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What Is Qigong? A Beginner's Guide to This Energetic Movement Practice
Qigong is a traditional Chinese meditation that focuses on improving one's mental, physical, and spiritual well-being via a combination of regulated breathing, gentle movement, and meditation.
Qigong meditation, like tai chi, alleviates many medical issues, including hypertension, coronary disease, diabetes, chronic tiredness, insomnia, and lower back and leg discomfort. However, there is little evidence to support these assertions.
With the increasing interest in qigong meditation, you may wonder whether it is right for you.
To put it Simply, What is qigong Meditation?
The ancient Chinese healing art of Qigong (pronounced "chee-gong") blends meditation, regulated breathing, and gentle movement.
It combines two basic ideas in traditional Chinese medicine and has a name that roughly translates to "the master of one's vitality." Qi denotes "vital life energy" in Chinese, while gong refers to mastery or development.
Bringing the vitality and power of nature into one's own body has been shown to positively affect one's emotional, psychological, and spiritual well-being.
According to Chinese tradition, illness is caused by disruptions in energy flow through the body's twelve meridian channels. Therefore, Qigong is said to improve health by increasing the circulation of qi (energy) throughout the body.
In China, people practice Qigong for several reasons, including fitness, fun, relaxation, health prevention, and therapy. Furthermore, it is used in martial arts instruction. Research to back up the hypothesis of qi energy needs to be improved despite its widespread usage.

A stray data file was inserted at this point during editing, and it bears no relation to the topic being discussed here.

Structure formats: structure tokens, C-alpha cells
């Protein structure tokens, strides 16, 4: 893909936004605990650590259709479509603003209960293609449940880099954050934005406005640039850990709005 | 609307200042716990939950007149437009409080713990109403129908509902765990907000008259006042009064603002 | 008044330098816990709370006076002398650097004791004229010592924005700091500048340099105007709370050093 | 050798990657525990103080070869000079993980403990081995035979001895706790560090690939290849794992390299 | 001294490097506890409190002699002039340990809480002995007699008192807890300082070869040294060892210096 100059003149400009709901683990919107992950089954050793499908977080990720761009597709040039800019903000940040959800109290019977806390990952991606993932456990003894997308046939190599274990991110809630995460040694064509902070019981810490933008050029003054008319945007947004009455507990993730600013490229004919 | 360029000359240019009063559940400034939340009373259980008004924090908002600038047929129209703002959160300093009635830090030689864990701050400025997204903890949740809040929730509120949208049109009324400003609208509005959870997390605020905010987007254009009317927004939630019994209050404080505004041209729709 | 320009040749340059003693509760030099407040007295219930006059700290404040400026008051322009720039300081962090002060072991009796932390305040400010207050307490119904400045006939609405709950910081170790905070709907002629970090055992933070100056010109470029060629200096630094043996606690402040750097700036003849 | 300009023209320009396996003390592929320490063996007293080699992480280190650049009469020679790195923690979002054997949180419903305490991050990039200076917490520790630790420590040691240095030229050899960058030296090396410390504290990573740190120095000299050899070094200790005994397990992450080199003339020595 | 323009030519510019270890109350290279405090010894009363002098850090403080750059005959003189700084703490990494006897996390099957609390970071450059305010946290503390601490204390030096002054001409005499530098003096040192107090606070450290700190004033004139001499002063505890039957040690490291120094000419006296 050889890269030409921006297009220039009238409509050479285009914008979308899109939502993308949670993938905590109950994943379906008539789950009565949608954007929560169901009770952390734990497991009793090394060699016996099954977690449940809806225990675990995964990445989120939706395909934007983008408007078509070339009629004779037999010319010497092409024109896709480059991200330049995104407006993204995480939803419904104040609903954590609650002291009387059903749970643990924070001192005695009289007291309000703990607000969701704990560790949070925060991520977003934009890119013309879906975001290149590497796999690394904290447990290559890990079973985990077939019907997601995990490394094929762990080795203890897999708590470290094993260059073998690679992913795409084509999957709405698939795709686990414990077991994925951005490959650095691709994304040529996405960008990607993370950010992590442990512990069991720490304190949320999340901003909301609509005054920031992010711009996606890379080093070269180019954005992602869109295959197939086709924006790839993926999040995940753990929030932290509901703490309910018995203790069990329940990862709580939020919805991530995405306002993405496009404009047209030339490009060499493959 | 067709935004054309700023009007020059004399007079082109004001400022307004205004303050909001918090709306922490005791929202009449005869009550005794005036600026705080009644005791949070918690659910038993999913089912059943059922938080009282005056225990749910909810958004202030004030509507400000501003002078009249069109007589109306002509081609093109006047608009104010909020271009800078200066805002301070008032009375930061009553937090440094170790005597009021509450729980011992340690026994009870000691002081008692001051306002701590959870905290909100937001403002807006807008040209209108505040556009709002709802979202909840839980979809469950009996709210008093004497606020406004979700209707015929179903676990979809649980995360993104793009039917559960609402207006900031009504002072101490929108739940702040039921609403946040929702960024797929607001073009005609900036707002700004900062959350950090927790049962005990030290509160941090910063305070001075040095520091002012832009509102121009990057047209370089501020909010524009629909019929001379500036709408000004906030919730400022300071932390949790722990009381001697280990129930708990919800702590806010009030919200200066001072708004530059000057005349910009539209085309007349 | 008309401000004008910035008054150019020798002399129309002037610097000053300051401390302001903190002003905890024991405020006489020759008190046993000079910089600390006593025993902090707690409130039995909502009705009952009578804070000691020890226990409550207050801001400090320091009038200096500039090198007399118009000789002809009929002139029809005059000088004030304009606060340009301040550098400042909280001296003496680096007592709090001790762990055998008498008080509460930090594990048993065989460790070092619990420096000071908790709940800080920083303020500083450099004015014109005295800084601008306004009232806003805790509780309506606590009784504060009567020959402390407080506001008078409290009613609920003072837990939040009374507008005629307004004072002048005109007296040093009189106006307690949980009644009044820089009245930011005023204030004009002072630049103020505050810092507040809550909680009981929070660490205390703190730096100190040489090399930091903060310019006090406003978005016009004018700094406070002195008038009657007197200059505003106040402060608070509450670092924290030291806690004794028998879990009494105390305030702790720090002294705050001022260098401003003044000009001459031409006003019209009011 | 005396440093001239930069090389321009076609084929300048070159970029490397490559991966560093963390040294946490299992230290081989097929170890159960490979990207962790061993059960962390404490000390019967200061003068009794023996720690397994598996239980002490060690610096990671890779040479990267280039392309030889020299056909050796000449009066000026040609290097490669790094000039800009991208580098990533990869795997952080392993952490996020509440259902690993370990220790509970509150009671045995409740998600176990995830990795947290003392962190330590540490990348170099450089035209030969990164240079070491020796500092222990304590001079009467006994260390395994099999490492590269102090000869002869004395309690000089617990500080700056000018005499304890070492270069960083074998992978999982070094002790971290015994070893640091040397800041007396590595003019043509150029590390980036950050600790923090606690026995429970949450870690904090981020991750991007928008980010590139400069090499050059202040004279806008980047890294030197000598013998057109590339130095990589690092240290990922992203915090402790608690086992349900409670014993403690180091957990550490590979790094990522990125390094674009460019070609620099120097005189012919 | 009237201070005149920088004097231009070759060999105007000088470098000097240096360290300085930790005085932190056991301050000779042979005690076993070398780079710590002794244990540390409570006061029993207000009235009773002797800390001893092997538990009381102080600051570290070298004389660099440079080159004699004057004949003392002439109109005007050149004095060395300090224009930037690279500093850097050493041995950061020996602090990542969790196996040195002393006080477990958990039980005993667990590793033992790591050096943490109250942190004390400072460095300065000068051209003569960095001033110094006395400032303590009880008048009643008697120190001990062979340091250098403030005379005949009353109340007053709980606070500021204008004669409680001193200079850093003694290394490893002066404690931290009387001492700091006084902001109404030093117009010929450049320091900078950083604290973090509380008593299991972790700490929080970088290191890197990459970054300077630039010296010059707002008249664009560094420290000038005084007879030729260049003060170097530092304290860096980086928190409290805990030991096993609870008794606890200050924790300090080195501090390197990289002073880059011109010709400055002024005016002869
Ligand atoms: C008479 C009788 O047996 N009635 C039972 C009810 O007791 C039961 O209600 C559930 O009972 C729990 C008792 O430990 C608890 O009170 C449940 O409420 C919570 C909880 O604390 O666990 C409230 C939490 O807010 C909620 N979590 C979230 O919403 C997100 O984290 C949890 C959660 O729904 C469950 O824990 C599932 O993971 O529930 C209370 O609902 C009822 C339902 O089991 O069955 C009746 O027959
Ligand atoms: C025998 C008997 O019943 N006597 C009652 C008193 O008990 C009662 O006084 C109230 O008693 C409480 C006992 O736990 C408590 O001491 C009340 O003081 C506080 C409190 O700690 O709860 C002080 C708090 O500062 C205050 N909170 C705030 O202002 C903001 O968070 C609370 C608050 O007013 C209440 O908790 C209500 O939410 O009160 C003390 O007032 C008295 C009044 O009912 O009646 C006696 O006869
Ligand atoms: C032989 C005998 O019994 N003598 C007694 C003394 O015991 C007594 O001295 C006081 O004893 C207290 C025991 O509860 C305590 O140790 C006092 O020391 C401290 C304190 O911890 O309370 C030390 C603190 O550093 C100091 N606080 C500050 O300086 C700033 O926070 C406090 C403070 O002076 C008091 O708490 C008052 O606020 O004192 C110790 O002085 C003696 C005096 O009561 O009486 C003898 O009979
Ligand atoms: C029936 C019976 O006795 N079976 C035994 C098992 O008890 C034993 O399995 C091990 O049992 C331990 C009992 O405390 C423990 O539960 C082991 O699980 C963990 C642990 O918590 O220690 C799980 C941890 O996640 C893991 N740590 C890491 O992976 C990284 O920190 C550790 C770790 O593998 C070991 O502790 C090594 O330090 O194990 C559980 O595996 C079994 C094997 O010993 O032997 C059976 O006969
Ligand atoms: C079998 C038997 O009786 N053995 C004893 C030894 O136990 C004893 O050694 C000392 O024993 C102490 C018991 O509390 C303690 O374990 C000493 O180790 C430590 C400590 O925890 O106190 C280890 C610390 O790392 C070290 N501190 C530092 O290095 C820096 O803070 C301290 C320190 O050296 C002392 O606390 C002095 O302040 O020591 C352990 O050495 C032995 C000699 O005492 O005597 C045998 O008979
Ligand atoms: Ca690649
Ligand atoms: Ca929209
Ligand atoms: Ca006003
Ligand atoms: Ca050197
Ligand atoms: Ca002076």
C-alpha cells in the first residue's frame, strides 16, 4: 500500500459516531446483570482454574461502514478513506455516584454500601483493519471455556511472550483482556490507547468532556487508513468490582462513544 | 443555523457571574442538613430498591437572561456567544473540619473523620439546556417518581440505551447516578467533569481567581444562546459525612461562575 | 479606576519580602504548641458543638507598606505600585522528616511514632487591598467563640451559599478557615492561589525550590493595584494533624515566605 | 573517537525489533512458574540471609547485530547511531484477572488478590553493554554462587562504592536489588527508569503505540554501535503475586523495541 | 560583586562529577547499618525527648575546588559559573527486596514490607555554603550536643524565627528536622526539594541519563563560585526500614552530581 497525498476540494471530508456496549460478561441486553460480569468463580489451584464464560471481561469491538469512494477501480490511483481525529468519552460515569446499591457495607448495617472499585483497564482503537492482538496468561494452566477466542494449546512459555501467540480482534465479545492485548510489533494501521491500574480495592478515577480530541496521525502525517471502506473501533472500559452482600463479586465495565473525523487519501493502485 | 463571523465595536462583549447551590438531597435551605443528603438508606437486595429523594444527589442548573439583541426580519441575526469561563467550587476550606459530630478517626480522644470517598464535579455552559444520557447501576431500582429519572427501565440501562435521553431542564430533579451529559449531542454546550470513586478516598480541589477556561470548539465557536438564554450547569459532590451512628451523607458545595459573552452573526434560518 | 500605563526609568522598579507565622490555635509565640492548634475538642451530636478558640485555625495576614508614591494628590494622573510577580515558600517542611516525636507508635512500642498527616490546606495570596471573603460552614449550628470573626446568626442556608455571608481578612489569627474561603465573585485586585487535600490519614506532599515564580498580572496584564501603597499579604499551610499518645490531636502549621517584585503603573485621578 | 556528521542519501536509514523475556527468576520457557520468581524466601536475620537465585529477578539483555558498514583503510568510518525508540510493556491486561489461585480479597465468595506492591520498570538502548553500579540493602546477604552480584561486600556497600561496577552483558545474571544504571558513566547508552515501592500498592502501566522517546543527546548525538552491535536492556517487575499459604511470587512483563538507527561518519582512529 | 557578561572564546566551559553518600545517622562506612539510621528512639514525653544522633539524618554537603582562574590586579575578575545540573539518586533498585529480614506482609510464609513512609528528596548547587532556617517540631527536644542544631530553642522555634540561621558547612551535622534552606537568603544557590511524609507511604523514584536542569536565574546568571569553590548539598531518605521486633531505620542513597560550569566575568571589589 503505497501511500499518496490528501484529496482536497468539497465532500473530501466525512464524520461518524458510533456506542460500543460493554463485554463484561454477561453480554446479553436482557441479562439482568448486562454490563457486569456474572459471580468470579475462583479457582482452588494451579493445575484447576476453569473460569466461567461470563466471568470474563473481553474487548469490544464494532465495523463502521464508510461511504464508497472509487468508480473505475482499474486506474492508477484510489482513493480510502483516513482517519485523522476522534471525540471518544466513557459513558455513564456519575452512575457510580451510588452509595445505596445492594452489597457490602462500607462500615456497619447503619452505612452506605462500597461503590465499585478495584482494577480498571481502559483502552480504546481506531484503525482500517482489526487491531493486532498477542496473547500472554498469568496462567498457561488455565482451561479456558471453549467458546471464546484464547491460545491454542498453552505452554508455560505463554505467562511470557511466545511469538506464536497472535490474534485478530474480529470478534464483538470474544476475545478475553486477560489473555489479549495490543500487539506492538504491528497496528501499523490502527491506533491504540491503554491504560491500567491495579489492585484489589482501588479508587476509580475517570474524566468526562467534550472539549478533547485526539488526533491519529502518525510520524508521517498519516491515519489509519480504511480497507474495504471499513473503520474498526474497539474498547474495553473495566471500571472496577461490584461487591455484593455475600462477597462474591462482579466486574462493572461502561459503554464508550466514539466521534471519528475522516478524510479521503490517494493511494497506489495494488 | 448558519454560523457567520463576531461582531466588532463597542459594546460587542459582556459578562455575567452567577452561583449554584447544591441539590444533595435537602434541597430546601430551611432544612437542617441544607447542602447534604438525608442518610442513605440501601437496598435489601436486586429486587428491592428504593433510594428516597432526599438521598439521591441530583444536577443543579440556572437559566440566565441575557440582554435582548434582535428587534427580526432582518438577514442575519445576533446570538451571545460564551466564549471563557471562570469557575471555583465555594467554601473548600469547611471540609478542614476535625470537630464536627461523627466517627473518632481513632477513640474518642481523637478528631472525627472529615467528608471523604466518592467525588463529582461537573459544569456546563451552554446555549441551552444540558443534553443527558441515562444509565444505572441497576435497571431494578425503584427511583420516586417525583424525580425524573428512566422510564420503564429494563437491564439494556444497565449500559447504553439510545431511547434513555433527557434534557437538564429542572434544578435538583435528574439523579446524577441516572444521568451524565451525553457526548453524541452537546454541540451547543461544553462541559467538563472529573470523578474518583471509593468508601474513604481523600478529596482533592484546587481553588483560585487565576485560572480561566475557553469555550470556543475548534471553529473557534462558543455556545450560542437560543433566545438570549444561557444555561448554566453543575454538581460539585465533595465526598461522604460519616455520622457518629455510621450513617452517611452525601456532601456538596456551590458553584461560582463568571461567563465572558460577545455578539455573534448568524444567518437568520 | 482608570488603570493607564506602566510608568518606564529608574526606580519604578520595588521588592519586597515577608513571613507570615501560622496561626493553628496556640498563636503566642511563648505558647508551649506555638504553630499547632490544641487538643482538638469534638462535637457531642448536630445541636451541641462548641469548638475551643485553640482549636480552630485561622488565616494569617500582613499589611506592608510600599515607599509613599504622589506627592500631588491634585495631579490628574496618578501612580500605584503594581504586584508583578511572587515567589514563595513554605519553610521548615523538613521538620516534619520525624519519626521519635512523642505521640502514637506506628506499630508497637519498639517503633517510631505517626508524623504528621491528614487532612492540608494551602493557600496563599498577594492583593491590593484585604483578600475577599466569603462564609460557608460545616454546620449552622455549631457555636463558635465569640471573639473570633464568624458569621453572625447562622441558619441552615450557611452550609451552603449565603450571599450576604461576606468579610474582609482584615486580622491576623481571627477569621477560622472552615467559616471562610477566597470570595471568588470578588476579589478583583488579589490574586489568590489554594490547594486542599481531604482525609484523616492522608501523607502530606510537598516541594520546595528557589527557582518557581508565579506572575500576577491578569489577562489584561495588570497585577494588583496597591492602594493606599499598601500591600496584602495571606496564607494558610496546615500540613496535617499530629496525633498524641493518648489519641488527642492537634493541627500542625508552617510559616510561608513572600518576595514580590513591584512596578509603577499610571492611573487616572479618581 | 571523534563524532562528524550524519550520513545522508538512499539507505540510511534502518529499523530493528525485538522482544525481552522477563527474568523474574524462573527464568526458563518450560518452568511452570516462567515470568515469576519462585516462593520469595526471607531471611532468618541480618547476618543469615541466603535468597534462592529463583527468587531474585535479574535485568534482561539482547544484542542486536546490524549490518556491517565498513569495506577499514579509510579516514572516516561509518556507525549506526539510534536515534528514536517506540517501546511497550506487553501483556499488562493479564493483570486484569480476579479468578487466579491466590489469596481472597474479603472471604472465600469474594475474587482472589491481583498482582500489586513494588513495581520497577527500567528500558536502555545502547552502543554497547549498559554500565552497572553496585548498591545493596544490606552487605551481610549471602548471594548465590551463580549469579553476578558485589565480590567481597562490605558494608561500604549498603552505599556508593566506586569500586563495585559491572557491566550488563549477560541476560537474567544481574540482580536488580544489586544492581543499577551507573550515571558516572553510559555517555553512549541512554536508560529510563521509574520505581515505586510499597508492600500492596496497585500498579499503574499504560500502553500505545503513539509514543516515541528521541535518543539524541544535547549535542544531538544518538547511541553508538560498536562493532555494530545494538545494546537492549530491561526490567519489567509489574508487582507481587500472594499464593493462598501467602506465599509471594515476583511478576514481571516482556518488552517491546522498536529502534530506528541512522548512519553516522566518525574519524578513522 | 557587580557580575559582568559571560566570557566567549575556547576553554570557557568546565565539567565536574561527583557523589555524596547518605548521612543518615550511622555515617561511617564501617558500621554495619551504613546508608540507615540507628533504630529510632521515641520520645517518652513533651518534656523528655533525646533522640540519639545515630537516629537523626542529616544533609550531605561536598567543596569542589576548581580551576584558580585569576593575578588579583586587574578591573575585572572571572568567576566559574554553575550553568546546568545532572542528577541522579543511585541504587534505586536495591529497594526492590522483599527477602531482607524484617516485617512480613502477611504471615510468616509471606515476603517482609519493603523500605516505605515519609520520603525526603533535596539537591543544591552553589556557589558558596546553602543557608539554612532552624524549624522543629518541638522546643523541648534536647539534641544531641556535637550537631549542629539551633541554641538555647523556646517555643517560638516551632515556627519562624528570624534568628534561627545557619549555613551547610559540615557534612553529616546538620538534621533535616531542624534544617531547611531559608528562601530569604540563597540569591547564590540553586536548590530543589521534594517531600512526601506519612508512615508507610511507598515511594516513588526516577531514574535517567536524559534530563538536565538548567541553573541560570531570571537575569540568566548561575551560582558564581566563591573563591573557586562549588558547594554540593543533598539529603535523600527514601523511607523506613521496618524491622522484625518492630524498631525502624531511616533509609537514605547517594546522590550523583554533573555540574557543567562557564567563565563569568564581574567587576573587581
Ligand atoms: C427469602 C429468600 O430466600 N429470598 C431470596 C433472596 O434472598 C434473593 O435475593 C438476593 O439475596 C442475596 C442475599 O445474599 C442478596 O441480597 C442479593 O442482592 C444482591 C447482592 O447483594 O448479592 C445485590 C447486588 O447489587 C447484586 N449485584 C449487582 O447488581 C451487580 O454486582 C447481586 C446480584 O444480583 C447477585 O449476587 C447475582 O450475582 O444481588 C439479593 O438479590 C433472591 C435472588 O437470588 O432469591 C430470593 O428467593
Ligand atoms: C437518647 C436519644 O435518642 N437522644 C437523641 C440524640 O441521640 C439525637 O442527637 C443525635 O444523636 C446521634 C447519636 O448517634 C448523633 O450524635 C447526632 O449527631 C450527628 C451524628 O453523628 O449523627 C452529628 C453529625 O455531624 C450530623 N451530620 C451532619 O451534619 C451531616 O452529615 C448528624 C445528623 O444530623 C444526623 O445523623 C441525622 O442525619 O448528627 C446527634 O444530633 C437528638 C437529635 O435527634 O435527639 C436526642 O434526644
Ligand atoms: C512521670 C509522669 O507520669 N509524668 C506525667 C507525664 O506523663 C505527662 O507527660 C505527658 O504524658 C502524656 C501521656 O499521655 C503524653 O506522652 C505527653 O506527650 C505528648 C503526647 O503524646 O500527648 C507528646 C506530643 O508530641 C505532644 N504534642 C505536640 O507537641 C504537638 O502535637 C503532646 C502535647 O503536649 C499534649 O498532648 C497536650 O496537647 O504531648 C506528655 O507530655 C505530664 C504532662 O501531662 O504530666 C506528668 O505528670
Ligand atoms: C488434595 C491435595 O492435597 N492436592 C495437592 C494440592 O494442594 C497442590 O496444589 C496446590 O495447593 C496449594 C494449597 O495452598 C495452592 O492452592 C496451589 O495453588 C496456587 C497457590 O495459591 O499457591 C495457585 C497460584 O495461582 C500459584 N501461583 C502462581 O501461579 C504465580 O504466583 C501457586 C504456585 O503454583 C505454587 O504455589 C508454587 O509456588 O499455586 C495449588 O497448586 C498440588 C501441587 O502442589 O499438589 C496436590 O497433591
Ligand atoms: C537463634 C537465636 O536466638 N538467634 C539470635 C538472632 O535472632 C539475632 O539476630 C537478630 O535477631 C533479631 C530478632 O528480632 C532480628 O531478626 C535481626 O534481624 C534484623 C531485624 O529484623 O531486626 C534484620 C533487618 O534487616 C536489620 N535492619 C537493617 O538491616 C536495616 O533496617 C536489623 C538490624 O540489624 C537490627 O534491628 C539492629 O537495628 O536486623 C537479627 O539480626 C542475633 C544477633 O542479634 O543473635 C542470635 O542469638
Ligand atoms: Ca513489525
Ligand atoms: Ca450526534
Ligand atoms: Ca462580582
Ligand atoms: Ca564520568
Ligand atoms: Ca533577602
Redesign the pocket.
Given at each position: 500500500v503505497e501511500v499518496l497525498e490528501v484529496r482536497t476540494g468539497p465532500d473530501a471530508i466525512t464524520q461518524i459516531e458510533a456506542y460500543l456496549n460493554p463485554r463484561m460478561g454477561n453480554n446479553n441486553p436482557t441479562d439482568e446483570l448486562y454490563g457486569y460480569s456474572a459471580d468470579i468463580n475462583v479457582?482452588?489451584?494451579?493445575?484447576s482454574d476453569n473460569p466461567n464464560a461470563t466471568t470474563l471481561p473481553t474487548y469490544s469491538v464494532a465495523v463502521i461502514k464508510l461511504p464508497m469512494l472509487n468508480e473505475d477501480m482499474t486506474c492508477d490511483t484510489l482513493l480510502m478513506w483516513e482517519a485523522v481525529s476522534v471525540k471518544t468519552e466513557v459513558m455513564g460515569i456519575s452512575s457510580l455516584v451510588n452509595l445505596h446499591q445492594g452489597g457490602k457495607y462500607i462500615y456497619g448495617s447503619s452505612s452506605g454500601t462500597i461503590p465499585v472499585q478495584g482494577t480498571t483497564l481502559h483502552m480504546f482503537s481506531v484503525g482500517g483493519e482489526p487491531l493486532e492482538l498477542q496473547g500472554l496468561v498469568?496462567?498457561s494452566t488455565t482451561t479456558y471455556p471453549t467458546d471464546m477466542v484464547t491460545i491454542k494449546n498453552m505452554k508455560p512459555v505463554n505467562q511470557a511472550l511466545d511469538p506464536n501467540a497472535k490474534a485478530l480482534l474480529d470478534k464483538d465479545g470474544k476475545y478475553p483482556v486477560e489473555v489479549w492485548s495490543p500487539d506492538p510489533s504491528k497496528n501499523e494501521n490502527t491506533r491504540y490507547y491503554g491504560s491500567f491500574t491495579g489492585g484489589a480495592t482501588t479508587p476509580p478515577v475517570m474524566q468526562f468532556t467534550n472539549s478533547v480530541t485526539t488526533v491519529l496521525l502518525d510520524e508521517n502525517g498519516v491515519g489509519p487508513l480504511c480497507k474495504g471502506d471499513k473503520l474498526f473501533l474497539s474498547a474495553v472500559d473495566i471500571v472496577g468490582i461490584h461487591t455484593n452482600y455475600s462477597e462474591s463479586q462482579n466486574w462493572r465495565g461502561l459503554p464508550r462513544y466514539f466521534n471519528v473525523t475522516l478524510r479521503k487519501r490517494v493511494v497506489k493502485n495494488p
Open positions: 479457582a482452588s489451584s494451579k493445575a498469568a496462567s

Different Qigong Meditation Styles
Although there is a wide variety of qigong techniques, they may be roughly divided into two categories: active (dynamic) and passive. Passive Qigong entails sitting quietly and breathing deeply, whereas active Qigong uses slow, deliberate motions.
Qigong may be done either on the inside (by oneself) or the outside (with others) (via a qigong therapist). Healing "emissions" of qi are provided by the practitioner of external Qigong. The majority of qigong practitioners, however, engage in the practice as a means of self-healing.
All qigong practices aim to restore the body's qi flow and its connection to the soil.
Dynamic & Active Qigong
You may boost your yang energy with the help of some deliberate movement and breathwork with active Qigong, also known as dong gong. Yang is associated with activity, power, and vitality in TCM, whereas yin is representative of stillness, peacefulness, and tenderness.
Gentle, synchronized motions are repeated to improve circulation, lymphatic flow, posture, muscular tone, range of motion, and spatial awareness (known as proprioception).
Although active Qigong is a kind of physical activity, it has commonalities with passive Qigong, including an emphasis on relaxation, excellent posture, and creative imagery.
Passive Qigong encourages practitioners to cultivate qi energy in their minds while maintaining a relaxed body.
While the body remains still, the mind cultivates and channels qi energy throughout the whole body in this kind of Qigong. It's safe to assume that this method of healing would resemble regular meditation.
Qigong Meditation and its many Advantages
Qigong has several positive effects. Some of these benefits are supported by evidence from studies; they include enhanced equilibrium and gait and lower stress levels.